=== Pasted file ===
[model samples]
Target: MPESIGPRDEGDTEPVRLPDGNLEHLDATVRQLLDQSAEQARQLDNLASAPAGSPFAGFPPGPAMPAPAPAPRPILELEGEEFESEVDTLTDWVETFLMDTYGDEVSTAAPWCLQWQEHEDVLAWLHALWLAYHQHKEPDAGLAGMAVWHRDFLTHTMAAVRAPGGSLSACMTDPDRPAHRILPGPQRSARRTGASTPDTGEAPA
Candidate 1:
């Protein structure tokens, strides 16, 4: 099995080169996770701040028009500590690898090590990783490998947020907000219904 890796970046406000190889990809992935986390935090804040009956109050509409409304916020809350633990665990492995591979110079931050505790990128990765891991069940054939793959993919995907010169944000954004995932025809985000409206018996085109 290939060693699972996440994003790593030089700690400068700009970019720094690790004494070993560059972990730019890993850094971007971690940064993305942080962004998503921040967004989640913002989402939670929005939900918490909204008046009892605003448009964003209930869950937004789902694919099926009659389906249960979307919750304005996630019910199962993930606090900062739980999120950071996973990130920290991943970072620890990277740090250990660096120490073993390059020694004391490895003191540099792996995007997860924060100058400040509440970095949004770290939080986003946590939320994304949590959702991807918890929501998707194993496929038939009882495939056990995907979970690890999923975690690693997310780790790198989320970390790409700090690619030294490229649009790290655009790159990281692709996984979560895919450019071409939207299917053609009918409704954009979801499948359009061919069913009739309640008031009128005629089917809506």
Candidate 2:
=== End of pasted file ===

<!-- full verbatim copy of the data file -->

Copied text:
[model samples]
Target: MPESIGPRDEGDTEPVRLPDGNLEHLDATVRQLLDQSAEQARQLDNLASAPAGSPFAGFPPGPAMPAPAPAPRPILELEGEEFESEVDTLTDWVETFLMDTYGDEVSTAAPWCLQWQEHEDVLAWLHALWLAYHQHKEPDAGLAGMAVWHRDFLTHTMAAVRAPGGSLSACMTDPDRPAHRILPGPQRSARRTGASTPDTGEAPA
Candidate 1:
């Protein structure tokens, strides 16, 4: 099995080169996770701040028009500590690898090590990783490998947020907000219904 890796970046406000190889990809992935986390935090804040009956109050509409409304916020809350633990665990492995591979110079931050505790990128990765891991069940054939793959993919995907010169944000954004995932025809985000409206018996085109 290939060693699972996440994003790593030089700690400068700009970019720094690790004494070993560059972990730019890993850094971007971690940064993305942080962004998503921040967004989640913002989402939670929005939900918490909204008046009892605003448009964003209930869950937004789902694919099926009659389906249960979307919750304005996630019910199962993930606090900062739980999120950071996973990130920290991943970072620890990277740090250990660096120490073993390059020694004391490895003191540099792996995007997860924060100058400040509440970095949004770290939080986003946590939320994304949590959702991807918890929501998707194993496929038939009882495939056990995907979970690890999923975690690693997310780790790198989320970390790409700090690619030294490229649009790290655009790159990281692709996984979560895919450019071409939207299917053609009918409704954009979801499948359009061919069913009739309640008031009128005629089917809506």
Candidate 2: